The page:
By Clint O'Connor, Plain Dealer Film Critic
Cleveland Plain Dealer
SUNDANCE FILM FESTIVAL
Heights filmmaker has Sundance fever
Park City, Utah - After years of waiting, she finally got invited to the big dance. She had to say no.
Cleveland Heights filmmaker Laura Paglin was thrilled when the Slamdance Film Festival accepted her short documentary "No Umbrella: Election Day in the City." Slamdance runs concurrently with the Sundance Film Festival. Paglin had also submitted her film to Sundance, America's premiere film festival and one of her dream destinations.
But you can't be in both. When Sundance called with good news a few days later, Paglin had to make a choice. She canned Slam.
"For the first time in my life," she said, "I had to send a rejection letter to a film festival."
Paglin is one of hundreds of filmmakers hanging out in this beautiful ski-resort city for 10 days. Her calendar this week includes inviting notations like "brunch with Robert Redford" and "free snowboarding lesson."
Sundance celebrates independent voices and small budgets. You couldn't nail either more precisely than with "No Umbrella."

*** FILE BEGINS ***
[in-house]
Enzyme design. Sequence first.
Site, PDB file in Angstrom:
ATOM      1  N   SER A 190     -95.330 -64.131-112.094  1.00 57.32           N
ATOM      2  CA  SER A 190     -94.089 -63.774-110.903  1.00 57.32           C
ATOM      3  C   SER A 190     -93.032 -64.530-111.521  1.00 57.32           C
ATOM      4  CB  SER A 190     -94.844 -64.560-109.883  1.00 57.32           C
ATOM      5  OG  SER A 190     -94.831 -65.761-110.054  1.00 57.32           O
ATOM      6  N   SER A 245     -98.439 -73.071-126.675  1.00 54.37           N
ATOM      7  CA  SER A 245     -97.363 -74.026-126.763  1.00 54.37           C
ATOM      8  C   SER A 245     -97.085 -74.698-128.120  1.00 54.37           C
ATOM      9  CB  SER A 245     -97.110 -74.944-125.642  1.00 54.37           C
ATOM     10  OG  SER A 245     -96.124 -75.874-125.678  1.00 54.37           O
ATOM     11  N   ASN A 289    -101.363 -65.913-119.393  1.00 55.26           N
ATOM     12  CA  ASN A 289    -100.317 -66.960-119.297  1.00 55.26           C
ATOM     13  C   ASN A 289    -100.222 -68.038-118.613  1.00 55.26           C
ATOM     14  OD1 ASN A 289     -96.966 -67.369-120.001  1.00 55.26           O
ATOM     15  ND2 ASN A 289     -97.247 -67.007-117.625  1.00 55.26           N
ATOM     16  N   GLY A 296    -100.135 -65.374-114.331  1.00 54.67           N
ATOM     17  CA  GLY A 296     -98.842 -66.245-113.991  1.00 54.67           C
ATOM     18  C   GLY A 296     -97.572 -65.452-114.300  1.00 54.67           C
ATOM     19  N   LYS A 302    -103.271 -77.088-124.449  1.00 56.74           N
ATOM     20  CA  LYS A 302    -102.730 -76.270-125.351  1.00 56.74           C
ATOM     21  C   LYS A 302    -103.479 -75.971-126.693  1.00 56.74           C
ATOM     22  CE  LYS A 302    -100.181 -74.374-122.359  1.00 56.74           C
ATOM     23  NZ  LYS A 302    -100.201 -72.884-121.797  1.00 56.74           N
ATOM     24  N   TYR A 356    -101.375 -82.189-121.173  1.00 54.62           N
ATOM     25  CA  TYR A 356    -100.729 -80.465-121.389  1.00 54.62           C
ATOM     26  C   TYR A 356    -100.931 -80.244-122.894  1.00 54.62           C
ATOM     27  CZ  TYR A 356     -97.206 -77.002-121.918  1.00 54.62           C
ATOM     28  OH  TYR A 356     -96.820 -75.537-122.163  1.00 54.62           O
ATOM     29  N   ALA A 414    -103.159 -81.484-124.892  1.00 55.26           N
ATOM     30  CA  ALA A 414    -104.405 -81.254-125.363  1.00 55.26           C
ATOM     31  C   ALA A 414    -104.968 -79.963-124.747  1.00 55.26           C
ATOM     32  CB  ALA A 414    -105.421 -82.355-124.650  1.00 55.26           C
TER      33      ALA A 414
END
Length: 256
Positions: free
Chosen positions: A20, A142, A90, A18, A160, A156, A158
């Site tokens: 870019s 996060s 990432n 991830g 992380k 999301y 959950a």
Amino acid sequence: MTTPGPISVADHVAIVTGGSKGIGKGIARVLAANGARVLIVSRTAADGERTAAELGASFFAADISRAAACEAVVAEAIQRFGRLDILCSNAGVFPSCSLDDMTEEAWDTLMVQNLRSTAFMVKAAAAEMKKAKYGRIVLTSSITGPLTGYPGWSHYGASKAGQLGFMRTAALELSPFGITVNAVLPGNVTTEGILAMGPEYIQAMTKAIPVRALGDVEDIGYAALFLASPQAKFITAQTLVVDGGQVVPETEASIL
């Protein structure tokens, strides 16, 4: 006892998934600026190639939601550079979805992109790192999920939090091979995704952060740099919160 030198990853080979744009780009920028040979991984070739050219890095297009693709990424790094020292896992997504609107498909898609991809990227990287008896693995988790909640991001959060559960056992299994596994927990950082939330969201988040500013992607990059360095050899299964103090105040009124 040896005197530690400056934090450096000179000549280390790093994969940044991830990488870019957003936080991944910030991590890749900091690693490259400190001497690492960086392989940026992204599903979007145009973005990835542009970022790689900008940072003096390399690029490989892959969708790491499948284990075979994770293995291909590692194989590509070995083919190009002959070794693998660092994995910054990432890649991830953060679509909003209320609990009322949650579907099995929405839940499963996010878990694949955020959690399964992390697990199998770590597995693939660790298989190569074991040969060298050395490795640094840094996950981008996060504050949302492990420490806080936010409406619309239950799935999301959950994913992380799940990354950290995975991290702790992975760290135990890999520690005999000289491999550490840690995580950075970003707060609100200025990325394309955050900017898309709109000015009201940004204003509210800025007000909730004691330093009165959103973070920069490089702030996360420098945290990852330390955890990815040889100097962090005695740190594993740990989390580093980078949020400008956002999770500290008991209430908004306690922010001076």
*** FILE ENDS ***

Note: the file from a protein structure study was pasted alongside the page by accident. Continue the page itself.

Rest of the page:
It was shot by one person in one day. Cost: $25.
"I shot it and edited it for the price of five mini-DVD tapes and a nine-volt battery," said Paglin. "But later, the cleanup of the sound and the mix cost a few thousand dollars."
The 26-minute film chronicles the rainy 2004 presidential Election Day at one Hough location, with City Councilwoman Fannie Lewis making extended appearances trying to find voting machines. Paglin captured the extreme frustration of voters waiting in long lines and included a cameo by then-Mayor Jane Campbell. It is playing five times at Sundance.
After its initial screening on opening weekend, Paglin was so happy to be at the festival, she was oblivious when Sting and Robert Downey Jr. walked by. (Sting is here with a Police documentary; Downey stars in "A Guide to Recognizing Your Saints.")
"It's like being in the 'In Crowd' for a change," said Paglin, who is in town with her husband and collaborator Duane Verh. "I'm just thrilled to be here meeting other filmmakers. I want to expand my world. You can feel so isolated in Cleveland."